By Frank Strasser
“Gardens are not made by singing ‘Oh, how beautiful,’ and sitting in the shade.” ~ Rudyard Kipling
Over the past few decades, I’ve sat at a thousand red lights, gazing through a rusty chain link fence at a weedy overgrown garden patch at the intersection of Walgrove Ave. and Venice Blvd. For years, I observed a pattern. On occasion, the garden would thrive. For a few glorious months, vibrant flowers and flourishing vegetables would burst from the earth. Invariably — inevitably — the lush greenhaven withered and reverted back to a sadly neglected eyesore.
For 20 some years, waiting for light signals to change from red to green, I wondered how this neglected plot at the northwest corner of Venice High School might look with a healthy dose of TLC. Often I thought of finding out what was involved in getting involved. Like many underutilized community resources, this garden plot seemed ripe with potential. But I never took concrete action. From the safety on my side of the chain link fence, I dreamed of a greener world.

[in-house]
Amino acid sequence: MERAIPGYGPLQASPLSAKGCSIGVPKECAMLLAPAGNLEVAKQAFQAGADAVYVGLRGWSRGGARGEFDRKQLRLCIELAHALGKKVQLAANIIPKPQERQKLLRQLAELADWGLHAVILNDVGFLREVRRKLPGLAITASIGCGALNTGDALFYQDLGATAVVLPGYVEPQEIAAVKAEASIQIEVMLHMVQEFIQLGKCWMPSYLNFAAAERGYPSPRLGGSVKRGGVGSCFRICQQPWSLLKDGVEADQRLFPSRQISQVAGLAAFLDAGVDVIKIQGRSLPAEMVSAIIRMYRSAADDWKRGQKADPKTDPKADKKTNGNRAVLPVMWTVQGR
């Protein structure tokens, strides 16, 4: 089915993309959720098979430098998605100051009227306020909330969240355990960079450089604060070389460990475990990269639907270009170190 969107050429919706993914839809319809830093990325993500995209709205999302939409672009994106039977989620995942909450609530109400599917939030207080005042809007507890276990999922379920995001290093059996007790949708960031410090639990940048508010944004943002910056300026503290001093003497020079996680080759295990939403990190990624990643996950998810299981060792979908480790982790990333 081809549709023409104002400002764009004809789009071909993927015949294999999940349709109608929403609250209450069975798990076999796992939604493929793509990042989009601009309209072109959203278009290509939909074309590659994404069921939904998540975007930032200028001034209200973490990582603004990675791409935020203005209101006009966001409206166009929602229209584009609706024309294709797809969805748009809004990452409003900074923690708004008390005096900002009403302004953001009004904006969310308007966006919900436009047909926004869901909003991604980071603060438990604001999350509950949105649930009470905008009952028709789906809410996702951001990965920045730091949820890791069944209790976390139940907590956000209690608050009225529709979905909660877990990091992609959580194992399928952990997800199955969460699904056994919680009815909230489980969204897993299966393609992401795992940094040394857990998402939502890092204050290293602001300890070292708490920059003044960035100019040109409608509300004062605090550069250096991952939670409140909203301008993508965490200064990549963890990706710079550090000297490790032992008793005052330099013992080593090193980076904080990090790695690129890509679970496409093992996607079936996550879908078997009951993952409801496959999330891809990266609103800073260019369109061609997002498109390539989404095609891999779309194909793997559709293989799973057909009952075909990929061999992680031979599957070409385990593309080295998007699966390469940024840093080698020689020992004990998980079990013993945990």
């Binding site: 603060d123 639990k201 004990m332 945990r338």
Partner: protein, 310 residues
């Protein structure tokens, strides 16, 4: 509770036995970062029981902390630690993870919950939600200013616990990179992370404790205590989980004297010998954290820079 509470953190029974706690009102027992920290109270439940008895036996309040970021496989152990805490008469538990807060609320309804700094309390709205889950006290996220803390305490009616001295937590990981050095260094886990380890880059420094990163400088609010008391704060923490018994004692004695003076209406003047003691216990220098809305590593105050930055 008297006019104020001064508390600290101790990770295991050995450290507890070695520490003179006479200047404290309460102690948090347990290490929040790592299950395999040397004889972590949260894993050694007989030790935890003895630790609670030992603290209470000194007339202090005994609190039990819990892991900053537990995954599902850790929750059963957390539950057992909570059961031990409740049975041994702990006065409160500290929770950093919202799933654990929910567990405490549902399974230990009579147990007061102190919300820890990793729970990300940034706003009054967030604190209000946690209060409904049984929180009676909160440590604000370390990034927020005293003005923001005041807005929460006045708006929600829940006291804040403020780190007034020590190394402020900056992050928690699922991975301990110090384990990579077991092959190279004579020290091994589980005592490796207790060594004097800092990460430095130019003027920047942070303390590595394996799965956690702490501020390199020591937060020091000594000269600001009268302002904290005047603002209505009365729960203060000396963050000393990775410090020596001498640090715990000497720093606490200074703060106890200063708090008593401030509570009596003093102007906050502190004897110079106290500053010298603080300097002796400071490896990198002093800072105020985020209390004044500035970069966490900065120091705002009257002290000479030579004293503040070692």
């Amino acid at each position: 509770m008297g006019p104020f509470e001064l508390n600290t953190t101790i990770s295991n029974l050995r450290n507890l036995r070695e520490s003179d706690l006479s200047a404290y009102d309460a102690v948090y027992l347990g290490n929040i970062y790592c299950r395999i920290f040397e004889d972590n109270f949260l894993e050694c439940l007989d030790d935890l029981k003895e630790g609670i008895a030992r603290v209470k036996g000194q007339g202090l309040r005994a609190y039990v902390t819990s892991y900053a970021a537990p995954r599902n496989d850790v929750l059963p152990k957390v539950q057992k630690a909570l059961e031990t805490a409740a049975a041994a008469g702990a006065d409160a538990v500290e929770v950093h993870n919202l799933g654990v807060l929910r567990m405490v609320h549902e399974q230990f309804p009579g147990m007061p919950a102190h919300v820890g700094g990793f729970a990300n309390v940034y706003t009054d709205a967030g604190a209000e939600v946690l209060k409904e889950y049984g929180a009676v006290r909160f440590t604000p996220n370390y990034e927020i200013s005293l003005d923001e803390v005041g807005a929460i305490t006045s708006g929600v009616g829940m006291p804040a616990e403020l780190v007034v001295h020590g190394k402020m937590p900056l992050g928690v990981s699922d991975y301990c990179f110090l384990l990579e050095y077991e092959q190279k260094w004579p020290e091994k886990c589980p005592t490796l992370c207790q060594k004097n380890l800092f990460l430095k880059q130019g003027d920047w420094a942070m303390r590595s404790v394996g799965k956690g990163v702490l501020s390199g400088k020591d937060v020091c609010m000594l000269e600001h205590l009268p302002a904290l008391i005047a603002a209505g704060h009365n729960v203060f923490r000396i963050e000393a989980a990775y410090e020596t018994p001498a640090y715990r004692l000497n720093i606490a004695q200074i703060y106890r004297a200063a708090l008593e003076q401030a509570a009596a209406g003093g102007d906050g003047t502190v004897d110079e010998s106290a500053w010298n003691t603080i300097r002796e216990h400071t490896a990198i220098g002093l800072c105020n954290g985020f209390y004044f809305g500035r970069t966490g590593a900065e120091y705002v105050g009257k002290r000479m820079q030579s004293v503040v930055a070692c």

Rudyard Kipling once observed, “Gardens are not made by singing ‘Oh, how beautiful,’ and sitting in the shade.” Today, thanks to the concerted efforts and hard work of dedicated community activists and avid garden enthusiasts, the long-neglected plot is a flourishing suburban mini-farm. Through a series of life changes, fortuitous events and simple twists of fate, I am now blessed to be actively involved in supporting this vital community garden project.
The Learning Garden at Venice High School was established in 2001 after decades of failed attempts to revitalize the land. In just over ten years, the 60,000-square-foot garden has become a source of pride in this working-class community, inspiring students to connect with the earth and evolving into one of the most productive school gardens in the United States. This once underutilized eyesore has evolved into a thriving community resource, offering hands-on education in horticulture, permaculture, herbology, botany, nutrition, photography, art, and environmental science.